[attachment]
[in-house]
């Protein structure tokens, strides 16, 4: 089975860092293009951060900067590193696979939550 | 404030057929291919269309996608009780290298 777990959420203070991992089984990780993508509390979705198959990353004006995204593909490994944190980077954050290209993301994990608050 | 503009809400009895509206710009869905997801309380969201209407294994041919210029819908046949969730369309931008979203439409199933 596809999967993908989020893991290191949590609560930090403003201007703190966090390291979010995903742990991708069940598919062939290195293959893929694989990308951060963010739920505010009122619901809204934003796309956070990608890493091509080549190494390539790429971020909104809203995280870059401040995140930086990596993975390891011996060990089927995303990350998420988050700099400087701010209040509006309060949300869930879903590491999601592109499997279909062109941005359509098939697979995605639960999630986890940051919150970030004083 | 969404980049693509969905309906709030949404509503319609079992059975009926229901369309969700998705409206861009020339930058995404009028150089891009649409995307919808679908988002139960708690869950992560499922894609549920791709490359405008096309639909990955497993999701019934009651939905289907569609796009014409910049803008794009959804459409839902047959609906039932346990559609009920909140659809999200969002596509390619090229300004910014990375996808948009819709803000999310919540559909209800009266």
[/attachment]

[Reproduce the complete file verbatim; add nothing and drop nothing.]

[in-house]
């Protein structure tokens, strides 16, 4: 089975860092293009951060900067590193696979939550 | 404030057929291919269309996608009780290298 777990959420203070991992089984990780993508509390979705198959990353004006995204593909490994944190980077954050290209993301994990608050 | 503009809400009895509206710009869905997801309380969201209407294994041919210029819908046949969730369309931008979203439409199933 596809999967993908989020893991290191949590609560930090403003201007703190966090390291979010995903742990991708069940598919062939290195293959893929694989990308951060963010739920505010009122619901809204934003796309956070990608890493091509080549190494390539790429971020909104809203995280870059401040995140930086990596993975390891011996060990089927995303990350998420988050700099400087701010209040509006309060949300869930879903590491999601592109499997279909062109941005359509098939697979995605639960999630986890940051919150970030004083 | 969404980049693509969905309906709030949404509503319609079992059975009926229901369309969700998705409206861009020339930058995404009028150089891009649409995307919808679908988002139960708690869950992560499922894609549920791709490359405008096309639909990955497993999701019934009651939905289907569609796009014409910049803008794009959804459409839902047959609906039932346990559609009920909140659809999200969002596509390619090229300004910014990375996808948009819709803000999310919540559909209800009266």